Yet in attempting to capture this moment when Fascist architecture is cleaned, restored, remodeled and otherwise changed, Van Braak and Biscotti are reminding us that we too have a role in ascribing meaning to buildings, and that in fact, meaning can evolve and change. Take, for example, the Lincoln Memorial in Washington D.C. which was originally intended to commemorate Lincoln’s role as savior of the Union. This idea was communicated through the site’s location across the Potomac from the home of Robert E. Lee and through inscriptions and ornament all of which commemorated the preservation of the Union, rather than the abolition of slavery. However, events such as the 1939 concert by the African-American Marian Anderson and Dr. Martin Luther King’s “I have a dream” speech have slowly transformed the meaning of the monument. Today the Lincoln Memorial stands, in the collective consciousness of the nation, as a symbol of equality: in essence, as a civil rights monument.
While the architecture of Fascism may never be entirely liberated from the politics of its creation, it is also true that designers never have the last word on what their buildings mean; society does. Now, as the architecture of Fascism is being remodeled, repainted, and reused, its meaning can be redefined by new and unforeseen voices. In this vein, Van Braak and Biscotti’s work asks us all: What will the architecture of Fascism mean next?
text by Stephanie Pilat

Mental Archive


Mental Archive

This website is still under construction
texts will follow soon

Mental Archive, is a commission project by Museum the Paviljoens in Almere (The Netherlands) in collaboration with Rossella Biscotti. (2006)

New Crossroads


New Crossroads

New Crossroads is a temporary intervention that was realised in Cape Town. Considering the complex architectural situation of the townships, we decided to realize a temporary structure that over time spread throughout the multitude of the houses. A selection of inhabitants from the township of New Crossroad, attempt to change the location with a not functional working intervention. In a public field, they build a tower of five meters by stacking beams of wood, painted in a vivid green. The bright color chosen is not present in the area. When the structure is at its highest point and visible throughout the township, residents where invited to come to dismantle it, taking the materials to use for their own purposes.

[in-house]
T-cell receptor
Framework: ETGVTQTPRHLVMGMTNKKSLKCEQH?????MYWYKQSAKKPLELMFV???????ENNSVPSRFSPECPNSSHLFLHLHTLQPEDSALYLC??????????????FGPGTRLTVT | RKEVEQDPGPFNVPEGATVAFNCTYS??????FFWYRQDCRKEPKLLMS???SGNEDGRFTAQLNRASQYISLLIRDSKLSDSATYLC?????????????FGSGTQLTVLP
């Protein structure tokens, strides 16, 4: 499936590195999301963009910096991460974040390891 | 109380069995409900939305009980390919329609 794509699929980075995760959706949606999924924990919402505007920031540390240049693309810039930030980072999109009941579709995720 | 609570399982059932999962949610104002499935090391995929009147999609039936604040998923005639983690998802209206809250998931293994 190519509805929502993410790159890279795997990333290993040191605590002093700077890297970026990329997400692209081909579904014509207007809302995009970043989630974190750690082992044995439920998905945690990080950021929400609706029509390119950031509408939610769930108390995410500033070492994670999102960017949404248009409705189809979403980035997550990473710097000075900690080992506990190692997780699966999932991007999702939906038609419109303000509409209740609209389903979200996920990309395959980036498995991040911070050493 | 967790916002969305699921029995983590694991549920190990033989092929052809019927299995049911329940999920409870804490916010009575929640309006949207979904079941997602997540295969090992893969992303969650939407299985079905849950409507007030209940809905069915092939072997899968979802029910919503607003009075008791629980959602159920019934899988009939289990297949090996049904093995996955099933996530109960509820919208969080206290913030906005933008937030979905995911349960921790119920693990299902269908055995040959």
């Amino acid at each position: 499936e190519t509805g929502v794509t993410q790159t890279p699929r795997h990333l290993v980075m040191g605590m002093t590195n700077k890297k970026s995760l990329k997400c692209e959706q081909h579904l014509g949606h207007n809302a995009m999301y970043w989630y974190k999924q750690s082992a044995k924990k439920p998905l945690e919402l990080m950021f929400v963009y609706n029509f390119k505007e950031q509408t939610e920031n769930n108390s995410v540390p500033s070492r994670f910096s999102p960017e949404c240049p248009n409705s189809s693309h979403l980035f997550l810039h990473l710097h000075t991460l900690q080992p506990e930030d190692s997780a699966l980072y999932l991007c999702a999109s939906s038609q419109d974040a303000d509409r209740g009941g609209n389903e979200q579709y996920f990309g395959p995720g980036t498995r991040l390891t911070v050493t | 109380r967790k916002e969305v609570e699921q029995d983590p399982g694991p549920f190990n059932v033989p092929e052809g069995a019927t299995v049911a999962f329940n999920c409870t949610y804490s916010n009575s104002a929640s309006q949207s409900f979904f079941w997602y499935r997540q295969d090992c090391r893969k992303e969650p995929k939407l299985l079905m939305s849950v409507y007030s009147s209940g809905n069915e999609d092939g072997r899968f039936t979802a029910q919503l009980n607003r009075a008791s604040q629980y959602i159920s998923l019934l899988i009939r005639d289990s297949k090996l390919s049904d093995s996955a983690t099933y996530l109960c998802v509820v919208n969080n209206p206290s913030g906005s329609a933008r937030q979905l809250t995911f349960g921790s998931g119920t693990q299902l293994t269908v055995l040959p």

The Tower will find its meaning only after it has been taken down and fragmented. The image of the tower like a unique symbol and reference point of the city will fade away in the horizontality of the neighbourhood.

This project is made in collaboration with Rossella Biscotti.

After four rotation of A, B will make one revolution

After four rotation of A, B will make one revolution, 2009 is an ongoing collaboration project with Rossella Biscotti, that at the moment includes 7 sculptures. The work is a transfer of existing figurative socialist sculptures into minimalist shapes of the same material, weight, historical reverence and name. The blocks are very small in comparison to the original sculptures, because they are made of massive material of the same weight. The relation between content-shape and weight-figure, brings up a series of questions on how to symbolise history in both sculptures, the original figurative one and the minimalist reverence copy. On the other hand the procedure of melting bronze into blocks or raw material reminds of melted sculptures at the end of a regime or ideology.